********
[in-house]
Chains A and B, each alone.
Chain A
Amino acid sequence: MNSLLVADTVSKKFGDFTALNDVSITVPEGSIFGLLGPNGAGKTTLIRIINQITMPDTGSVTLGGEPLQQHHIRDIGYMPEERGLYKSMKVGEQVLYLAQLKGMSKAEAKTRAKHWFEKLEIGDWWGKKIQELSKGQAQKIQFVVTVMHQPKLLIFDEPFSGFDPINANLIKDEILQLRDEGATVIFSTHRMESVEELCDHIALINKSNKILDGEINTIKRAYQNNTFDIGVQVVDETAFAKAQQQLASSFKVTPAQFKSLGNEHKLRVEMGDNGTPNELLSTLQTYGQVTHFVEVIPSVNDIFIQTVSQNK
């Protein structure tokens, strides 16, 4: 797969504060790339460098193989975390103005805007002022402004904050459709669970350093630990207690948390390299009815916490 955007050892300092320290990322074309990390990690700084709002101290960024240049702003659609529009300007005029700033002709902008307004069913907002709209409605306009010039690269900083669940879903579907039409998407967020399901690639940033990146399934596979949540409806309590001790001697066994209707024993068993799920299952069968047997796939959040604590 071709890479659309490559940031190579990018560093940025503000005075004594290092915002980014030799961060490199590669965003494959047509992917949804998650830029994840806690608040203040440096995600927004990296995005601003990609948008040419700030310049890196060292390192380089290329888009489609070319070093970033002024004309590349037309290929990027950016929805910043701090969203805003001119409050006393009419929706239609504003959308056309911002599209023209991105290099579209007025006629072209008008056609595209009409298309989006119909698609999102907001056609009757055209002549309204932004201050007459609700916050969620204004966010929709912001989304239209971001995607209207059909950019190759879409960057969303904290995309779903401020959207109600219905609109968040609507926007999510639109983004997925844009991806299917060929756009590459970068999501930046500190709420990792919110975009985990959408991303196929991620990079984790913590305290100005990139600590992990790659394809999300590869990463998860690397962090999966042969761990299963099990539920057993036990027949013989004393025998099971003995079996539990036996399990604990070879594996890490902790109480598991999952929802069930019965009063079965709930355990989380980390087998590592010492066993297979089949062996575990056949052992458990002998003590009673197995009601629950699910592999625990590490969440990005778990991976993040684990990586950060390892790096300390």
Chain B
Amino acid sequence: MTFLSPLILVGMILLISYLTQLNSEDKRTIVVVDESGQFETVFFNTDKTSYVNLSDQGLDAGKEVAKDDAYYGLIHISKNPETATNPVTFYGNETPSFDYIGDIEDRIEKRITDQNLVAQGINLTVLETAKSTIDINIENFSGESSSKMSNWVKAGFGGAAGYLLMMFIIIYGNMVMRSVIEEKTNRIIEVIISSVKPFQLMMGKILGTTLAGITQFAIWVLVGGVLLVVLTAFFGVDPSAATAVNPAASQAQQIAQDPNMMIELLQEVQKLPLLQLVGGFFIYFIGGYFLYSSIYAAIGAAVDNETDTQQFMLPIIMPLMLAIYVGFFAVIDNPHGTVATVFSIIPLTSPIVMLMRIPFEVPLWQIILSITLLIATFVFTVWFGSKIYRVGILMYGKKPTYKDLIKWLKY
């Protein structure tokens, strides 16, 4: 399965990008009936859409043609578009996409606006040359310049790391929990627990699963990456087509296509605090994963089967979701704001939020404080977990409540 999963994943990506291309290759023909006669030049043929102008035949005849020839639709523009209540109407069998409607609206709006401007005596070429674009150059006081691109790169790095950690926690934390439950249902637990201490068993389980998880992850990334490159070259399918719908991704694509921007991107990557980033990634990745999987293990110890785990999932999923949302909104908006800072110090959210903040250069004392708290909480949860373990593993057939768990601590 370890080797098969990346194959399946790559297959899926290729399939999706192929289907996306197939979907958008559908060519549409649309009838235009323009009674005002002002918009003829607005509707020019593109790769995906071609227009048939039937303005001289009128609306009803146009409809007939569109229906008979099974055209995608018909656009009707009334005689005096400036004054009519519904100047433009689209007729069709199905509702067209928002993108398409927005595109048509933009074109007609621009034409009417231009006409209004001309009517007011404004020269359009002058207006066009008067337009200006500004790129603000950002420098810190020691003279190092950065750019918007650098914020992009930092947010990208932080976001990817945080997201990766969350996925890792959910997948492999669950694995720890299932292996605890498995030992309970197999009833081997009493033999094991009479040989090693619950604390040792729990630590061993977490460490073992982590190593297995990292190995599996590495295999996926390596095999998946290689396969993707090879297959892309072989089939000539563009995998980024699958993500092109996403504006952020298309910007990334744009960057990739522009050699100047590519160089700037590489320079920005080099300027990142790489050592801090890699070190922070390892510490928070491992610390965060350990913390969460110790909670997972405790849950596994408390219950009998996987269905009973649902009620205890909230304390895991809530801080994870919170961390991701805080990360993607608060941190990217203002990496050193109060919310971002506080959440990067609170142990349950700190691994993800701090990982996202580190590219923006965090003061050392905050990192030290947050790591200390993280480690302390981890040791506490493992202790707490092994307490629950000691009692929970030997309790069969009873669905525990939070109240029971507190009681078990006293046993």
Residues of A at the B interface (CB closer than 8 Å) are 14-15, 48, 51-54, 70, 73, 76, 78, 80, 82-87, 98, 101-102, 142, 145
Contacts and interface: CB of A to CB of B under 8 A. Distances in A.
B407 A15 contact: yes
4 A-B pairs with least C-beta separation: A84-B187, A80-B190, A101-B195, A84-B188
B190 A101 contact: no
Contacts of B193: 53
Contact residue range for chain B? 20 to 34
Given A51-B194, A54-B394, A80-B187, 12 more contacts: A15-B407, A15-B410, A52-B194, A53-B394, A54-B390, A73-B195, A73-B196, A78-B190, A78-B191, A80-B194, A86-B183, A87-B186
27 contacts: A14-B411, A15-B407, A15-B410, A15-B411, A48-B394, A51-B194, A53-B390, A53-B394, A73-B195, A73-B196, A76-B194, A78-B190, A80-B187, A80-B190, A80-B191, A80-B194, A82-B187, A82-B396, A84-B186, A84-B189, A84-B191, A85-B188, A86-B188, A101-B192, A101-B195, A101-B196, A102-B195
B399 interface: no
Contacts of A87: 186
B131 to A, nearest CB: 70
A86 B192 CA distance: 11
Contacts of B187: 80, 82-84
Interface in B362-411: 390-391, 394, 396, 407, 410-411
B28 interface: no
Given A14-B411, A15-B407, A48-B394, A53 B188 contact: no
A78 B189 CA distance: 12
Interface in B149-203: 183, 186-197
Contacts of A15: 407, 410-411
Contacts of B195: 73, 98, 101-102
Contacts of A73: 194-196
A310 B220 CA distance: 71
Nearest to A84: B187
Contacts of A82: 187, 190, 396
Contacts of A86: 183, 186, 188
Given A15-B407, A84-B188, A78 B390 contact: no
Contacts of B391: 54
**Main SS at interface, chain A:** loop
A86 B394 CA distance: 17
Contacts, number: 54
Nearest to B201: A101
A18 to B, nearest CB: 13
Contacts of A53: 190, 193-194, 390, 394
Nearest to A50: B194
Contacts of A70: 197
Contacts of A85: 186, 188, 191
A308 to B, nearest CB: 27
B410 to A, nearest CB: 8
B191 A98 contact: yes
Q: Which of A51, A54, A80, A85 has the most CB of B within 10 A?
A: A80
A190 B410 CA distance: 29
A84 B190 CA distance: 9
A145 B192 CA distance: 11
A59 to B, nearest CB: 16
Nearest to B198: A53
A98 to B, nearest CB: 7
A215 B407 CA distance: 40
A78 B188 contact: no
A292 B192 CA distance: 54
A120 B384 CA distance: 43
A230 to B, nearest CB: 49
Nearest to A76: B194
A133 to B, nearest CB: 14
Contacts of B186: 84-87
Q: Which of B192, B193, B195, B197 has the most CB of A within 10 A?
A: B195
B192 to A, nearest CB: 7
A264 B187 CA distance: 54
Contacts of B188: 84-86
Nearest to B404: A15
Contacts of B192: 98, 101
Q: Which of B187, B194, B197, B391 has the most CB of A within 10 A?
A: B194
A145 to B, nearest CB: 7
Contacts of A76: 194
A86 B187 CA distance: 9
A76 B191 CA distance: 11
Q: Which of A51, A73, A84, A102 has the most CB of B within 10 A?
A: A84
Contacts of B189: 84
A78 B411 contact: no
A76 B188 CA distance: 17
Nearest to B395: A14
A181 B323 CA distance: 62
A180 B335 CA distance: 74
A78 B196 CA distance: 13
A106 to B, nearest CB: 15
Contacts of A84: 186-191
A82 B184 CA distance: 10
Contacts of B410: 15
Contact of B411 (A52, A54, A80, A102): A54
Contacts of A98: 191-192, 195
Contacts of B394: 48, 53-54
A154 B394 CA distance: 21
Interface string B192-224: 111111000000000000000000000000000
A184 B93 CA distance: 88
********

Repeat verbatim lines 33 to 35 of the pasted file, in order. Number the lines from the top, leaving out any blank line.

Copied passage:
Contacts of A82: 187, 190, 396
Contacts of A86: 183, 186, 188
Given A15-B407, A84-B188, A78 B390 contact: no